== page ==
"Even when I was five to 10 years old, my dad was playing in over-30 leagues and still throwing 90," Connolly said. "He has always told me it's about location, and your head is the biggest thing. I keep my head in the game. My brother obviously has taught me a lot through the years [too], and I just take experience from him."
Kearney also noted Connolly's diligence in his workouts between starts. The day after a start, Connolly will be out running 30 sets of 30-yard sprints, followed by band work and pulls over the next several days.
"Gotta get all that lactic acid out, you know?" the young sophomore laughed.
Special presentation for McDermott: Prior to the game, McDermott was honored by Kearney and B-R Athletic Director Dan Buron for his three decades of service to the Dartmouth baseball program. McDermott retired as Dartmouth's Athletic Director in 2009, and this season, his 30th, will be his last as the Indians' baseball coach.
McDermott was presented with a B-R sweatshirt, and a baseball autographed by each member of B-R's team. McDermott said he was taken aback by the kind gesture.
"It was totally unexpected, out of the blue," he said. "Shows what a class organization Bridgewater-Raynham is. When was the AD at Dartmouth, I was close with Danny [Buron], and then John [Kearney] when I coached against him. Just for them to think about it, and take the time to do it, it's very special."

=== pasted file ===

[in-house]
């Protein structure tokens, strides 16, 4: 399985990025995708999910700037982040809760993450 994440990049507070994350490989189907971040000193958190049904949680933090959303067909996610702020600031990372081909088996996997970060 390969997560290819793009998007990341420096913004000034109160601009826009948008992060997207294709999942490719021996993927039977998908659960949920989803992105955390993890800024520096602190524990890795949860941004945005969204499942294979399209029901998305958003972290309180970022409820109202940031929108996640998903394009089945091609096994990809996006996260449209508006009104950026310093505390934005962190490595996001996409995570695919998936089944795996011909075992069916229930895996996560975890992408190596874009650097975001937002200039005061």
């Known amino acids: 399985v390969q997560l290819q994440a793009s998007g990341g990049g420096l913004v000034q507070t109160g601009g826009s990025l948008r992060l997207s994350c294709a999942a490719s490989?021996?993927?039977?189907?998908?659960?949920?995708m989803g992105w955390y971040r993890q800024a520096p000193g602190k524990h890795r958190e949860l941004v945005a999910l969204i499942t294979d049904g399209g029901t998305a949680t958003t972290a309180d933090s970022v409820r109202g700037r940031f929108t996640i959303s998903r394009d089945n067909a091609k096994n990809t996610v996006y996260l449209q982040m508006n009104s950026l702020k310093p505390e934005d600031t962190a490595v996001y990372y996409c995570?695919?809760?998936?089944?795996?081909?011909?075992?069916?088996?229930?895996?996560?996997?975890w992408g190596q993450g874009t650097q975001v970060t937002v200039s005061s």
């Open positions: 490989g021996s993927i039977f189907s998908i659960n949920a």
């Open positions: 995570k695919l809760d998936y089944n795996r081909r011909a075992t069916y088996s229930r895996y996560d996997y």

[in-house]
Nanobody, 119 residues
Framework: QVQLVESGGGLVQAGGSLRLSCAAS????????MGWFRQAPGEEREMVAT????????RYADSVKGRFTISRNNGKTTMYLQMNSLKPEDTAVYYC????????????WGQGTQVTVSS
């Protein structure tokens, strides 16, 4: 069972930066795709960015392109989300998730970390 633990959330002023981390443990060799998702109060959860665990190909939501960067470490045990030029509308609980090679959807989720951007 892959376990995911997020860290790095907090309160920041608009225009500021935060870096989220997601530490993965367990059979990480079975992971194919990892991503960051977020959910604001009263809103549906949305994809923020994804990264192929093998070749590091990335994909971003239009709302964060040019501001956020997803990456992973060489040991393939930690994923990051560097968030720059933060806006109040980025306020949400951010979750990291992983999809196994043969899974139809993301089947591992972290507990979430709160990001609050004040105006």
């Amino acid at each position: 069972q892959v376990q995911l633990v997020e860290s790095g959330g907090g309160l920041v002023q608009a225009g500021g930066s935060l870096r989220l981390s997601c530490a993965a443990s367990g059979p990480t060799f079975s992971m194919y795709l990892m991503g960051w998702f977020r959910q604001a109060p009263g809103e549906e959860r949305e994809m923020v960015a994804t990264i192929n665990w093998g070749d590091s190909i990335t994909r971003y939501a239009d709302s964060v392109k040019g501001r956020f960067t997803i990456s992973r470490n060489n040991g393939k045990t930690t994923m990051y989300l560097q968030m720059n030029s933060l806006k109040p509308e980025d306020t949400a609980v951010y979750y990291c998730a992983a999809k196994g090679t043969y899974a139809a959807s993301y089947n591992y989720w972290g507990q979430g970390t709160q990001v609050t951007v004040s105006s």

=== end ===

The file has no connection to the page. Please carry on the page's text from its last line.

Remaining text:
McDermott has had a decorated career in his three decades at the helm, winning over 300 games and seeing two of his players get drafted straight out of his high school, Brian Rose (1994, Red Sox) and Neil Avery (2002, Brewers). Since moving to the OCL from the Eastern Athletic Conference in 2006, McDermott has maintained a terrific relationship with Kearney.
"Since they've come into the league, I've had a great relationship with him," Kearney said of McDermott. "He's a class guy, very classy guy, love him, he's an old-time baseball guy. We've just hit it off right from the very beginning, the first year that they came into our league. We love the relationship Bridgewater-Raynham has in all sports with Dartmouth, but especially the baseball program.
"We love Tom, we're going to miss him. He's one of those coaches you hate to see leave, you know? Great guy, and an excellent coach."